Posts Tagged ‘quantum mechanics’

Christopher Norris Defends Philosophy

Sunday, February 20th, 2011

Christopher Norris has written an article in Philosophy Now defending the Philosophy of Science from allegations of its irrelevance by scientists (most recently Stephen Hawking for example).  Norris alleges the existence of “scientists’ need to philosophize and their proneness to philosophize badly or commit certain avoidable errors if they don’t take at least some passing interest in what philosophers have to say“, and he asserts that modern theorists  “appear unworried – blithely unfazed, one is tempted to say – by the fact that their theories are incapable of proof or confirmation, or indeed of falsification…”  and further that “scientific theories – especially theories of the ultra-speculative kind that preoccupy theoretical physicists like Hawking – involve a great deal of covert philosophising which may or may not turn out to promote the interests of knowledge and truth“. All of these claims might be considered plausible on the basis of attempts to “explain” quantum physics (and beyond) in popular literature, where analogies (which often really are used by physicists, but just to help guide their intuition) are often all that is provided.   It is true that some of these accounts can be faulted for not admitting that that is what they are doing, and perhaps that needs pointing out. But Norris seems to be doing the opposite by confusing the intuition-guiding analogies with the theories themselves.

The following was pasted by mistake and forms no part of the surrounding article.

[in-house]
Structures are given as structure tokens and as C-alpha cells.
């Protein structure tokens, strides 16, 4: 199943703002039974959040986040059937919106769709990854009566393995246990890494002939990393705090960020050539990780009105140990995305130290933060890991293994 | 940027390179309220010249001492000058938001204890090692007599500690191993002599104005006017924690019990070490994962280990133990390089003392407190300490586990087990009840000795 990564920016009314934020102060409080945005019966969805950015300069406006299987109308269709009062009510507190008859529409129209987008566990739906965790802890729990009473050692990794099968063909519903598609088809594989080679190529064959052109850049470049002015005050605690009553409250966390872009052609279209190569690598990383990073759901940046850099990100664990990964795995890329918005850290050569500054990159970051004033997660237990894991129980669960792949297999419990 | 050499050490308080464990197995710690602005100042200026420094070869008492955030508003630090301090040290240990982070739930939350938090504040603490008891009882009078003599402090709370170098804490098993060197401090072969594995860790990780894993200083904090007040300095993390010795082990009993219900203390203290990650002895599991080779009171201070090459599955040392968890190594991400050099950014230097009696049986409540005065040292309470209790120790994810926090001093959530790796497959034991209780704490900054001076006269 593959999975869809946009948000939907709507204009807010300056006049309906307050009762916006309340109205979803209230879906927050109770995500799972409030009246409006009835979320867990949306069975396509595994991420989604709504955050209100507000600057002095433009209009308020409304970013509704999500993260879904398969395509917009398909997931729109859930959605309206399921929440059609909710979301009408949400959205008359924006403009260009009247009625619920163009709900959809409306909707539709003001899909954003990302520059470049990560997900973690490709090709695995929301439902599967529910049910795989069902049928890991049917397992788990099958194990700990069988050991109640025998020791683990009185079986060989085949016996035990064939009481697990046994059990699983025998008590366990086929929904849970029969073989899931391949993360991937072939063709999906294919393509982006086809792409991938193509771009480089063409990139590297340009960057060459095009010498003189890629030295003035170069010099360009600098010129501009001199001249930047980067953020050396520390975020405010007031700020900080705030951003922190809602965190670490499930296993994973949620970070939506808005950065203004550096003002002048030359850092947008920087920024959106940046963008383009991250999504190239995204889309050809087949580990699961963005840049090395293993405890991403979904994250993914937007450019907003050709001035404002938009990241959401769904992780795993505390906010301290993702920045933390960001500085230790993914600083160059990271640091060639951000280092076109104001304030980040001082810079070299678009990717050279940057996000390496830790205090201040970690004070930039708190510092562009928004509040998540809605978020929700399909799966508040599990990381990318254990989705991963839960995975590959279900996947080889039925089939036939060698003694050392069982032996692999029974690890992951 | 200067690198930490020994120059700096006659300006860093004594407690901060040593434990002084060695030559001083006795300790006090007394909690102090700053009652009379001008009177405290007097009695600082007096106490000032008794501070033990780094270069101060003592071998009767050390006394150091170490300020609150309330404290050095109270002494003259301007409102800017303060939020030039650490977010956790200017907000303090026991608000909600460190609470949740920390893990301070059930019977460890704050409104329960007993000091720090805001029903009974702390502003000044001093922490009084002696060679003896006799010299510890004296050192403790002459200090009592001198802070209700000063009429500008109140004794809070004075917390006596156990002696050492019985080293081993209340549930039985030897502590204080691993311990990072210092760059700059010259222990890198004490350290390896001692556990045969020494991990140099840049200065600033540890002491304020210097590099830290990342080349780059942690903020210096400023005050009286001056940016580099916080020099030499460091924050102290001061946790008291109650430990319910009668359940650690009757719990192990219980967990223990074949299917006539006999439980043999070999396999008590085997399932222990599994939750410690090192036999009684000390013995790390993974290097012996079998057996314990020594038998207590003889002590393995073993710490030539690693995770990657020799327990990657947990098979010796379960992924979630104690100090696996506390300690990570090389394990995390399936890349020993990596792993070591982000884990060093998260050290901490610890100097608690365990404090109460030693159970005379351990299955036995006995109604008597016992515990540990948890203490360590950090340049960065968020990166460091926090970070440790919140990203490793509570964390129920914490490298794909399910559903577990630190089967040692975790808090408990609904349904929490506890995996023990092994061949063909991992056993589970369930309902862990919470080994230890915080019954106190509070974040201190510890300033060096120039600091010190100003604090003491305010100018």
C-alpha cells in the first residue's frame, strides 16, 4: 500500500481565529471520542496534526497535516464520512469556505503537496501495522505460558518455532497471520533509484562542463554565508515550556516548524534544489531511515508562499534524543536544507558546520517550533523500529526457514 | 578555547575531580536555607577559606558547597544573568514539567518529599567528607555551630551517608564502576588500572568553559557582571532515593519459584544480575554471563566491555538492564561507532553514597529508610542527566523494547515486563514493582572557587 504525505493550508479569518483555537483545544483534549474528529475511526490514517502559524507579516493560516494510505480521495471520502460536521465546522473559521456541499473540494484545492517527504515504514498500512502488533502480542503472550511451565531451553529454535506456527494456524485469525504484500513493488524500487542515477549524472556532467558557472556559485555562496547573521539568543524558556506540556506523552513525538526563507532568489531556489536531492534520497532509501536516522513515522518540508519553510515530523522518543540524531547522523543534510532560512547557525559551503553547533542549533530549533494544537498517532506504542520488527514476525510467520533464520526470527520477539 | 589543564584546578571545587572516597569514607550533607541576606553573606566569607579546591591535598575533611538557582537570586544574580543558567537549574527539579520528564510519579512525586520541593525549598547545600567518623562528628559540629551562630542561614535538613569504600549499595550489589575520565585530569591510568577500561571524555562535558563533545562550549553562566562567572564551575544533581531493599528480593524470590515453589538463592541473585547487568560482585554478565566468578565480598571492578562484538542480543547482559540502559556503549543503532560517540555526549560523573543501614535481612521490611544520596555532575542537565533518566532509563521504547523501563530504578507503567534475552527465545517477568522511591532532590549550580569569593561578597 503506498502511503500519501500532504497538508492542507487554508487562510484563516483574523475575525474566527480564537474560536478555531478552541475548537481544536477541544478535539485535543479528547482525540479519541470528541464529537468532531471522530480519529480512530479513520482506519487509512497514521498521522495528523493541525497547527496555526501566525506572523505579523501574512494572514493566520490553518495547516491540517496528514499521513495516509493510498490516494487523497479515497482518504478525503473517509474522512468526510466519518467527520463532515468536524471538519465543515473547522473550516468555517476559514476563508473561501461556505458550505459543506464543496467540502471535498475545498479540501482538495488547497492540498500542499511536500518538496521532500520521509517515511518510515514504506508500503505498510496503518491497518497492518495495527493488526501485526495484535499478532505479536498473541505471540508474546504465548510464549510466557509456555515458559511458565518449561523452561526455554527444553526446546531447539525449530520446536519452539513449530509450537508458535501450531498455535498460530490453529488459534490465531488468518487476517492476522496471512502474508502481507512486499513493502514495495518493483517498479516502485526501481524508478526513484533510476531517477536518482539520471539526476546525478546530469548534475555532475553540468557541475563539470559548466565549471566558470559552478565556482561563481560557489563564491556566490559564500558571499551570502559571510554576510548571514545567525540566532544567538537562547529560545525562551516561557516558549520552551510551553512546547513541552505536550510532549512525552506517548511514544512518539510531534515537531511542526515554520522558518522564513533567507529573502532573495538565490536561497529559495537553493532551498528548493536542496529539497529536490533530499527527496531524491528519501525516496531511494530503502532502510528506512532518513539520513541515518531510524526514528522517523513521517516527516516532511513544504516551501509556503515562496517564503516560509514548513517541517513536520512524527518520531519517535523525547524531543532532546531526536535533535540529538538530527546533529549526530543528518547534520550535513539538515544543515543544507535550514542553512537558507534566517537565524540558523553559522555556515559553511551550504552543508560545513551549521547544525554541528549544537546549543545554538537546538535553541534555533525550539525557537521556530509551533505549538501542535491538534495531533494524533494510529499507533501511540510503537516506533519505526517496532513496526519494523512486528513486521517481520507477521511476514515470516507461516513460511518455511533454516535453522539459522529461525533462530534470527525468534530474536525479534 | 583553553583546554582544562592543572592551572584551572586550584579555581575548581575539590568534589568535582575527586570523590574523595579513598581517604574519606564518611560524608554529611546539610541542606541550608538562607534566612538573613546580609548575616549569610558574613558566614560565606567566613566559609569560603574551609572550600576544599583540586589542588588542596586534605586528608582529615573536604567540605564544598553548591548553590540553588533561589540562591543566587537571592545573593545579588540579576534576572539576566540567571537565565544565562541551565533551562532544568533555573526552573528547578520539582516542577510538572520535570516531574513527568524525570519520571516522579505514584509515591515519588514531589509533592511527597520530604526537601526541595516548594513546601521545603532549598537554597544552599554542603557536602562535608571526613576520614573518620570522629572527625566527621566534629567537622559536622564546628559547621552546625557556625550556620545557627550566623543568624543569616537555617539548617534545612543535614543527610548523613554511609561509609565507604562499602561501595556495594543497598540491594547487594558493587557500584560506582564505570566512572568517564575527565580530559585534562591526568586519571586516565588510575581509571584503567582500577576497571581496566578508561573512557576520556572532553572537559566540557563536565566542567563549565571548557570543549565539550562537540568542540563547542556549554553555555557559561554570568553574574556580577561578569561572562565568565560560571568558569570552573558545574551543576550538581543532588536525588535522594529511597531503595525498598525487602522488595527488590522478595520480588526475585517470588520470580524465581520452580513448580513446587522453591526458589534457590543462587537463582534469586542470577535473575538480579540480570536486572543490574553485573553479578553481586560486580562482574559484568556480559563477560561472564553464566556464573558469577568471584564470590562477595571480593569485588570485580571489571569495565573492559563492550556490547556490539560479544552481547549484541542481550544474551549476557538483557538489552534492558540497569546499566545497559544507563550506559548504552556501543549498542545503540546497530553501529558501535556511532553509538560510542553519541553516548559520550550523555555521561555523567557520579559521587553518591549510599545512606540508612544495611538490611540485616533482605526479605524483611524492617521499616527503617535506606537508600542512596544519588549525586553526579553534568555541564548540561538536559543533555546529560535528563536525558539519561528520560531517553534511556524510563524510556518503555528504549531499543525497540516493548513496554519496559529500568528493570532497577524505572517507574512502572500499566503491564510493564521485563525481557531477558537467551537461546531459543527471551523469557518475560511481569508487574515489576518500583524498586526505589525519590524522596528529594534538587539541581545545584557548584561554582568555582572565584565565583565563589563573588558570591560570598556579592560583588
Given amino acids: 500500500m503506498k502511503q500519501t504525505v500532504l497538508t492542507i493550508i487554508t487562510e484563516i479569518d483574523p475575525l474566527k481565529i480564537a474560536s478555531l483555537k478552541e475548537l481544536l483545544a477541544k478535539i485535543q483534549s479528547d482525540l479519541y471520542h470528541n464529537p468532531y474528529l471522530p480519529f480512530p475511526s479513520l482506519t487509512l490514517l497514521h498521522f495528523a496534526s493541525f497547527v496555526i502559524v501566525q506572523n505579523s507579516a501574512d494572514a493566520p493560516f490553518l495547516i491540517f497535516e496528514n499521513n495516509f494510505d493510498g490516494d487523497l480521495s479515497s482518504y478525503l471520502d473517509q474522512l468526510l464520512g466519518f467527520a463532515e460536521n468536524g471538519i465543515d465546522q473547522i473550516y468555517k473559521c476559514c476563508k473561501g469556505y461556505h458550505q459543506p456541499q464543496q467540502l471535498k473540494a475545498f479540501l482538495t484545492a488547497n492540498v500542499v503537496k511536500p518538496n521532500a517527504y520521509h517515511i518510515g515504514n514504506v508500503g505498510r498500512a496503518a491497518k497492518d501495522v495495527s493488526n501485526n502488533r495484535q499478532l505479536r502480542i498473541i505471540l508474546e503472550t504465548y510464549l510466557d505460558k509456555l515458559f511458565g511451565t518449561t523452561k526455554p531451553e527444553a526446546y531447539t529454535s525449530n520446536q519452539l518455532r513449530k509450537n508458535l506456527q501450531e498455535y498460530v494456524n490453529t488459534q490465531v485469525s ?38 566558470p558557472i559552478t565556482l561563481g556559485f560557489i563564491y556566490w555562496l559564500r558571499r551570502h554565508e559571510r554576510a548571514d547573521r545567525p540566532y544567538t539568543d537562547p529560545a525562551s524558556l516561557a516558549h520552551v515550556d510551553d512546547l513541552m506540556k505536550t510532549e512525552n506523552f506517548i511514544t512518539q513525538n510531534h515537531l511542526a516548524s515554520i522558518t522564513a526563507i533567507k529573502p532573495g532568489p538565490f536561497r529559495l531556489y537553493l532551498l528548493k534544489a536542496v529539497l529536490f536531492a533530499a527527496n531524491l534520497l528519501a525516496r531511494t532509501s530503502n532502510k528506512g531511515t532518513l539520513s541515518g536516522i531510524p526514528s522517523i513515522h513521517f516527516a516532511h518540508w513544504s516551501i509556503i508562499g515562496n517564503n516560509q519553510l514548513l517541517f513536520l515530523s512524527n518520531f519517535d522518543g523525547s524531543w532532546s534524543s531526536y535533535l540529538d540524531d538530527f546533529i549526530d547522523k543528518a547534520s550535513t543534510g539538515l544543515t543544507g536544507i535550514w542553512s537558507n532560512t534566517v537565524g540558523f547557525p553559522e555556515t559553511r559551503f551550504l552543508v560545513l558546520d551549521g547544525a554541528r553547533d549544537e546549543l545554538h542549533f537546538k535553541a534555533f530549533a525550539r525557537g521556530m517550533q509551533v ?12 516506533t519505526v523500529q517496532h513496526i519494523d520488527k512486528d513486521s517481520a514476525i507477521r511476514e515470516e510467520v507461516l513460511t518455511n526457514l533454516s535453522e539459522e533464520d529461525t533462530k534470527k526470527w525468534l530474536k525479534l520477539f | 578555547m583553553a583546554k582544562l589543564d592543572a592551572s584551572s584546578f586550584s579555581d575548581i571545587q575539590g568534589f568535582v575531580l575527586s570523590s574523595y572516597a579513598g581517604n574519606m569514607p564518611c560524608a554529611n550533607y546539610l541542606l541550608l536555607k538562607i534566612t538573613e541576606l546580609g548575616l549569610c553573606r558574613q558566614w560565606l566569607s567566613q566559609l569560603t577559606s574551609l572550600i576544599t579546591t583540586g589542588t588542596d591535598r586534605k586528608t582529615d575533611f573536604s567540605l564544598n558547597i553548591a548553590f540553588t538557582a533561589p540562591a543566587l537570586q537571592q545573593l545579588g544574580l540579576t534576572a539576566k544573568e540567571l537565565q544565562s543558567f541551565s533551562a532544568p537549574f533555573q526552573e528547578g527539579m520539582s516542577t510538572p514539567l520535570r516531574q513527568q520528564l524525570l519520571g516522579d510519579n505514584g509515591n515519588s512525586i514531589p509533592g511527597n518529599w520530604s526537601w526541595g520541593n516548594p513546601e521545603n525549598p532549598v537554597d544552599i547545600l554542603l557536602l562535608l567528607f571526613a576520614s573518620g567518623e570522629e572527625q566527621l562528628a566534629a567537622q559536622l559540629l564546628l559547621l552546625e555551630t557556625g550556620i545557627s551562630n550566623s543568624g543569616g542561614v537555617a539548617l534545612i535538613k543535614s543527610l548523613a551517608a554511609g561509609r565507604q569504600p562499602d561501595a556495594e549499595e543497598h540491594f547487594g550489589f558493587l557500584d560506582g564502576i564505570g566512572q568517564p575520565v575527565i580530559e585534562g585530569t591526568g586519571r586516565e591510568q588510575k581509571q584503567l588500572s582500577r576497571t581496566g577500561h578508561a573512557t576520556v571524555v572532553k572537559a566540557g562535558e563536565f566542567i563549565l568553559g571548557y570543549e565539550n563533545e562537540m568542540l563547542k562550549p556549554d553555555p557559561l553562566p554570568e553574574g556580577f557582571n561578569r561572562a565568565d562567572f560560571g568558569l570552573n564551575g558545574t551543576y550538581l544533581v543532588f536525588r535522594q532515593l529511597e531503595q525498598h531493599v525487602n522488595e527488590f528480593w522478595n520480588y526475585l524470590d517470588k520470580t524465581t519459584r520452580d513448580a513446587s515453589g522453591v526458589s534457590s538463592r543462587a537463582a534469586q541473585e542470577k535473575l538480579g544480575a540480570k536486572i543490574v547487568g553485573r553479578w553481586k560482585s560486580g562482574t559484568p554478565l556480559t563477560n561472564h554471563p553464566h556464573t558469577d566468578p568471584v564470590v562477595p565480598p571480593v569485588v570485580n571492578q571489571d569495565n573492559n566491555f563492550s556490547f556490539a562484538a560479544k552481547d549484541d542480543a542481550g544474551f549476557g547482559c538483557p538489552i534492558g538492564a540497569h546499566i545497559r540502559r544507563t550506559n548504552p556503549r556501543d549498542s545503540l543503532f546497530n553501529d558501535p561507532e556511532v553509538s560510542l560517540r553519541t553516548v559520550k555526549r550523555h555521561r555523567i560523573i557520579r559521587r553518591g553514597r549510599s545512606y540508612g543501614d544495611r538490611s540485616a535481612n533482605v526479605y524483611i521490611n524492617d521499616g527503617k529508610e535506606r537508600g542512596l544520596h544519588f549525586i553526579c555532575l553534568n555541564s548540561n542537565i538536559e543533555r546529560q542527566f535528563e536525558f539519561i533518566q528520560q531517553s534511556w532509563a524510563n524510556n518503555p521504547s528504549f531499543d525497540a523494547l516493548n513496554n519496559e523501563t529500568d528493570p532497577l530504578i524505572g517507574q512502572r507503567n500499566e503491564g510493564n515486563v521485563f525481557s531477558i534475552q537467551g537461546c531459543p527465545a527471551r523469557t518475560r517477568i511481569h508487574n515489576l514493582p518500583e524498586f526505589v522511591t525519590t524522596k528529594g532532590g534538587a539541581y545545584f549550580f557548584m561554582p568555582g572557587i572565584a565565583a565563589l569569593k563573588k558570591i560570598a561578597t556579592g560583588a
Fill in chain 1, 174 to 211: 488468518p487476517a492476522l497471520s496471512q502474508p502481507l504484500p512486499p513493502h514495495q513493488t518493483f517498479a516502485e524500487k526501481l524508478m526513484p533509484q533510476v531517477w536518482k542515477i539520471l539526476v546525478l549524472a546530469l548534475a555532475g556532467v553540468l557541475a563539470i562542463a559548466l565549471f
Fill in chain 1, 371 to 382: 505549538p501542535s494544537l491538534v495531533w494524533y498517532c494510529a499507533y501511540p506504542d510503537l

A Quantum Embarrassment to Scientific American

Saturday, March 14th, 2009

The latest Scientific American lead article Was Einstein Wrong?: A Quantum Threat to Special Relativity is an odd duck. It almost (but never quite) does a fair job of describing some quite challenging aspects of quantum mechanics and its relation to locality in special relativity, and yet manages to completely disgrace itself (and the magazine’s editors) within its first paragraph by asserting that “radio waves propagate through the air” in an argument identifying the light-cone locality of special relativity with non-existence of action-at-a-distance.